• Michael Ives Says:

    I really enjoy reading about how traditionally trained artists are using these new mediums. Thanks Mia….and thank you Mike for some great insights into your thoughts and techniques.

  • suzi54241 Says:

    Another great article about a terrific artists who knows what he’s after. Kudos to you both, I’ll be looking for more of your work.

  • Textures: tutoriels « nxurb – notes d'atelier Says:

    […] On Texture: One on One with Mike Ryon (Mia Robinson – 12 février 2010) Angkor Wat by Mike Ryon « Faces […]

  • momodot Says:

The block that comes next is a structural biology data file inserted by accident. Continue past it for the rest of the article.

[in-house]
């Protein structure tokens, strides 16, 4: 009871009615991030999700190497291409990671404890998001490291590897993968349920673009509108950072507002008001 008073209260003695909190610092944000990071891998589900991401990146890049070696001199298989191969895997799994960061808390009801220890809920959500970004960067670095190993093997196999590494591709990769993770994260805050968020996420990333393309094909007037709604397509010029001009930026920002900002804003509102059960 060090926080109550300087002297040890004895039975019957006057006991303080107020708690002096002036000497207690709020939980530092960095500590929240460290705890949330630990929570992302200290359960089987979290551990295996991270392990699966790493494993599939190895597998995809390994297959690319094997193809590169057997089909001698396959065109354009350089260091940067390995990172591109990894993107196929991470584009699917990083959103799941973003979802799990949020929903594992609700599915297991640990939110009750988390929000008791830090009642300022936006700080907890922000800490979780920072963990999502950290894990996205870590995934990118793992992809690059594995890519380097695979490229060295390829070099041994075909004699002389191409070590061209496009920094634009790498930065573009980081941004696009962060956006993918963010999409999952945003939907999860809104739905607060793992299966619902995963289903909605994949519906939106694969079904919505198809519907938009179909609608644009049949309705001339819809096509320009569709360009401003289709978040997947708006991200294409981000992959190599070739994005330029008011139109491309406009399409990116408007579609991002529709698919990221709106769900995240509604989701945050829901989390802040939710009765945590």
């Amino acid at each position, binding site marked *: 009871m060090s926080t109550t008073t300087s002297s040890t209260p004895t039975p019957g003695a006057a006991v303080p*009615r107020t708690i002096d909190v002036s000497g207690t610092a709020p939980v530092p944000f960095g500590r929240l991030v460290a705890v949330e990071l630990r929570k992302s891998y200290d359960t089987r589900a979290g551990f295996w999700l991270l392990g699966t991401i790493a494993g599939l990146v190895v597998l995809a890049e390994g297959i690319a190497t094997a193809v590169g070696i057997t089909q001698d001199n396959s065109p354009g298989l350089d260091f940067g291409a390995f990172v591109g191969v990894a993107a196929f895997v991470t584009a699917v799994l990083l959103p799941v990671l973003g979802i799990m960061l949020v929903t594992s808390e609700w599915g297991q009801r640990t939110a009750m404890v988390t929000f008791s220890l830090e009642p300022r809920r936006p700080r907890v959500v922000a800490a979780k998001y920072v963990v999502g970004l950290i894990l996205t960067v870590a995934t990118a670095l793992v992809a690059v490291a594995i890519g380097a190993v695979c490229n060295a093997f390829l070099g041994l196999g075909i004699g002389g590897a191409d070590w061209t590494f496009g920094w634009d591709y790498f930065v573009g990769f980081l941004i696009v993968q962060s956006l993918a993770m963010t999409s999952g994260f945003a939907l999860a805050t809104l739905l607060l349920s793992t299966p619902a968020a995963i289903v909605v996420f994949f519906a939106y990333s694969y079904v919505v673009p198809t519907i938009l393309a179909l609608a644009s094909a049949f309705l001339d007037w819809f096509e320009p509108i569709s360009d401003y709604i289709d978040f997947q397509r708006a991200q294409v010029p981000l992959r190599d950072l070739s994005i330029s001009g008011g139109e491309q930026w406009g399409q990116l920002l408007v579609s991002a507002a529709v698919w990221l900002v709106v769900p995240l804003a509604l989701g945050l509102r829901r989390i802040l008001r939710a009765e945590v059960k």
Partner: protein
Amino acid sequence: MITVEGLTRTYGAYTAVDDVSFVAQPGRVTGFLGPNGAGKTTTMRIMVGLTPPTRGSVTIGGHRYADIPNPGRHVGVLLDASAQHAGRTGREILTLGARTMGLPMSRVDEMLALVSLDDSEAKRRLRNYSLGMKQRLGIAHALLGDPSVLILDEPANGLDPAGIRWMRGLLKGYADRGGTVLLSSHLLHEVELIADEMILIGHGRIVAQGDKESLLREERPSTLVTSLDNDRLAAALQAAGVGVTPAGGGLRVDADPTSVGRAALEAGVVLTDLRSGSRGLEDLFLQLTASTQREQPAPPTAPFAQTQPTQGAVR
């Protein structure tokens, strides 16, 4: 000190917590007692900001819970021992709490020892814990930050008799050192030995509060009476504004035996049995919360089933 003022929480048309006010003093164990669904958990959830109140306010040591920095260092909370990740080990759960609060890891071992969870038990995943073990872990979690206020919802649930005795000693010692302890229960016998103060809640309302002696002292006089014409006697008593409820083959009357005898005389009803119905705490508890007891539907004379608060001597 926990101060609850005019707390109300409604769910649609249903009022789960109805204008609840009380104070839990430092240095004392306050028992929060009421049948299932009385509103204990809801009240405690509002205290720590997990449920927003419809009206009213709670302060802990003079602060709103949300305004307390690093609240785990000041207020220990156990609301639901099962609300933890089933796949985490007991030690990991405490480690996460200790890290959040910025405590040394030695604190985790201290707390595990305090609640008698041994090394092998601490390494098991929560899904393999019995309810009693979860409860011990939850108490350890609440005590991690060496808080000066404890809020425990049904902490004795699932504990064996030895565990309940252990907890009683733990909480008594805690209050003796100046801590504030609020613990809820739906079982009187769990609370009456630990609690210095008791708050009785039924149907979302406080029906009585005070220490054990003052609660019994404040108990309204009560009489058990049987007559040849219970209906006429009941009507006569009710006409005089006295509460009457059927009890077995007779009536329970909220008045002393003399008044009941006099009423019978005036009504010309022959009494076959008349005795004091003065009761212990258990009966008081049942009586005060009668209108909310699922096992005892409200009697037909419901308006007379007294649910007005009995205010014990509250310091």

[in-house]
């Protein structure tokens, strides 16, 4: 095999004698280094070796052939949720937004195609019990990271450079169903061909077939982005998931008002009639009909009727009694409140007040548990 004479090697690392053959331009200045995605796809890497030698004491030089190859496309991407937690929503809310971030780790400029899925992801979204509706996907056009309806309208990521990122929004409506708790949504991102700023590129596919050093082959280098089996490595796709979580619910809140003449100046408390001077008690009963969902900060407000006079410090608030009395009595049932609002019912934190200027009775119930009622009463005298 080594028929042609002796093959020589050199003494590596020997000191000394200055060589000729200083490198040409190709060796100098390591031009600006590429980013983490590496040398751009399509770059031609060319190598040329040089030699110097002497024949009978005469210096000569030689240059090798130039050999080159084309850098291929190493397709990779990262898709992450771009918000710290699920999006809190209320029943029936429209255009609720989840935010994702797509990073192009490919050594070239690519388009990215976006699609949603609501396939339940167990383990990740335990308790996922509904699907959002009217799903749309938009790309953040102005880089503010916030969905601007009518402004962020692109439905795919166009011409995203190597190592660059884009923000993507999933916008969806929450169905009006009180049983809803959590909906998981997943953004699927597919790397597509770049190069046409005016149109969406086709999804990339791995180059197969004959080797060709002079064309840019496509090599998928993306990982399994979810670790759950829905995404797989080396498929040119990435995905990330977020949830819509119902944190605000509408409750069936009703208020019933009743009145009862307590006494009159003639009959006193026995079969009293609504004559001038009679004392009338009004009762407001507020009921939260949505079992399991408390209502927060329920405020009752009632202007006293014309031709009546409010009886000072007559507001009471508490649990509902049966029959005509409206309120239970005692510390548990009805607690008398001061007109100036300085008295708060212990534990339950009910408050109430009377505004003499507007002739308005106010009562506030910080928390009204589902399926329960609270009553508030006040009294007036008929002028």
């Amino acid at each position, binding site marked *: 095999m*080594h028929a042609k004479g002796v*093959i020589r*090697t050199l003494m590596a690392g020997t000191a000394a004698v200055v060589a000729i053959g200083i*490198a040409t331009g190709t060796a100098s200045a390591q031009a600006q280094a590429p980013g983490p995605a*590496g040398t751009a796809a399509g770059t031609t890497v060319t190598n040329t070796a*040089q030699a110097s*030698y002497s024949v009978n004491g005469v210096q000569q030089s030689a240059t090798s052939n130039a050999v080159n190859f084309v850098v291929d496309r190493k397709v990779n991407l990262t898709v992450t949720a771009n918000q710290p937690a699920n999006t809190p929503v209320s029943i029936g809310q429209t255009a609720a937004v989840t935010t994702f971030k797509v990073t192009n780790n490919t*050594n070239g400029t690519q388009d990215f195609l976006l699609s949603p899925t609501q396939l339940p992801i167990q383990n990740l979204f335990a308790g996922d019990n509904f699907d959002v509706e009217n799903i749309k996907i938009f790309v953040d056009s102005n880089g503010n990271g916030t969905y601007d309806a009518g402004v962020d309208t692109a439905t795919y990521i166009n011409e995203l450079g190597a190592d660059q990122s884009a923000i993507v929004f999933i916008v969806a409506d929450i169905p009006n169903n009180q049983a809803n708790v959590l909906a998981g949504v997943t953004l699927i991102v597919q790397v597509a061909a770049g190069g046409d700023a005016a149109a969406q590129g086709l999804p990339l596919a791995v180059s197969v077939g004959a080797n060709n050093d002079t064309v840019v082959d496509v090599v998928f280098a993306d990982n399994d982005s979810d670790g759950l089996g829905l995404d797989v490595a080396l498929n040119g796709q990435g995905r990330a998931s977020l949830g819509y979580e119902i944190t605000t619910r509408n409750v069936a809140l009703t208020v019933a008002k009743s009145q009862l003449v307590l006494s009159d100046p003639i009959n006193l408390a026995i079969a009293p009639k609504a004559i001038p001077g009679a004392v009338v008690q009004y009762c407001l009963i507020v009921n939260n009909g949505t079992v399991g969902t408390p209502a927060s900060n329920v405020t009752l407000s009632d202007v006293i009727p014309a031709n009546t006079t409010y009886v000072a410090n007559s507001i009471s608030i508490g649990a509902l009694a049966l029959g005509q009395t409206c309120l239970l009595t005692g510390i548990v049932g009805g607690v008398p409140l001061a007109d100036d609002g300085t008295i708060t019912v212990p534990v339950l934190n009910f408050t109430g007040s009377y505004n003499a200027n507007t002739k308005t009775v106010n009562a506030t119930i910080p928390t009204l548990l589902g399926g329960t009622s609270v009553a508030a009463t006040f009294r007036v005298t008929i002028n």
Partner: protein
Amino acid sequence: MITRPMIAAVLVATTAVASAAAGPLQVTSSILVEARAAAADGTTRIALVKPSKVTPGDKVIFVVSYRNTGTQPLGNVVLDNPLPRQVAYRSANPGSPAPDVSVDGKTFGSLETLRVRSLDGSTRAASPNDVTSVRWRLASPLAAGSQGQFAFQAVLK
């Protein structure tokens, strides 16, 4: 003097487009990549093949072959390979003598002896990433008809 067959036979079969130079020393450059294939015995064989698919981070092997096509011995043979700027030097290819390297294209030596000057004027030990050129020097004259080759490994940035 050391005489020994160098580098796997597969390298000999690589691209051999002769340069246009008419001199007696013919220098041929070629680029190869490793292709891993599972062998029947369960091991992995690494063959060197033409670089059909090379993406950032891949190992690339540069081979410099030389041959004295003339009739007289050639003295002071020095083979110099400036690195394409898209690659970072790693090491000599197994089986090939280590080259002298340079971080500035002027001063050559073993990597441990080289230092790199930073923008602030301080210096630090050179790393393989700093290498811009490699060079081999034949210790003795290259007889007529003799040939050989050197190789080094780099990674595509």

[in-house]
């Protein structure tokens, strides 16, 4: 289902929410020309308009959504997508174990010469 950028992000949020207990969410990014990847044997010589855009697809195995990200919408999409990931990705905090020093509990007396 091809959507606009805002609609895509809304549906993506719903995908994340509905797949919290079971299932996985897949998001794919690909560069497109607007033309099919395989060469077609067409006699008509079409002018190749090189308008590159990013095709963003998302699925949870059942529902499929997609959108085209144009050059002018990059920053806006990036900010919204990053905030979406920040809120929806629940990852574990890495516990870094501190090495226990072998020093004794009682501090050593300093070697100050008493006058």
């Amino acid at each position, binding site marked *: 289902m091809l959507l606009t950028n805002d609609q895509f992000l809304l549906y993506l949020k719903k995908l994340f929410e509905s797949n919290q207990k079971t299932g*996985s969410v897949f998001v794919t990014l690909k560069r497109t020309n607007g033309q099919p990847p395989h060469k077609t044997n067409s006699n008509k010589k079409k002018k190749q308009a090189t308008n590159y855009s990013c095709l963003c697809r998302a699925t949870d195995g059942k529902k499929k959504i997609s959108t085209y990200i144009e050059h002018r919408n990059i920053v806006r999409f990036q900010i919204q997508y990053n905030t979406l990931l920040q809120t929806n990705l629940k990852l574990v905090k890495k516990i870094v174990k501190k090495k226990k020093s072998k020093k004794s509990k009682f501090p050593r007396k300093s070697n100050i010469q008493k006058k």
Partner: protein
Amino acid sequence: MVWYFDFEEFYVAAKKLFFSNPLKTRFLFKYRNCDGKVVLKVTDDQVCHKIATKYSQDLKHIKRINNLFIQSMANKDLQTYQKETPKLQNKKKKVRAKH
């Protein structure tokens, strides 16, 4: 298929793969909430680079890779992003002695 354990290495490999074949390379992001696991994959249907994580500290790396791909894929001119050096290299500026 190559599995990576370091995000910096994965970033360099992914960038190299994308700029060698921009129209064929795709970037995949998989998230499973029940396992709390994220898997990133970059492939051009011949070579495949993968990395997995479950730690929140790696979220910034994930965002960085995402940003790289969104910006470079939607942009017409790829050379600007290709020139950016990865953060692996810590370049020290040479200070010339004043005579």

This stuff looks so great but my results have been so poor. I have tried integrating texture photographs and using layers to build up texture. I even have found a little unsharp mask can create a subtle illusion on impasto but I would really appreciate if someone would give a very detailed tutorial suggesting how to obtain color “texture” and also some pseudo 3D brushwork or texture. I have tried to find an app to give some grain but have not found the right one for me yet. My frustration comes in part from having done my first digital touch work on my kid’s DS and the app I used had a nice simulated grain that gave my marks a beautiful look. On iTouch I have failed to simulate grain or paper/canvas texture using layers or brush settings thus far and I am hoping someone can help 🙂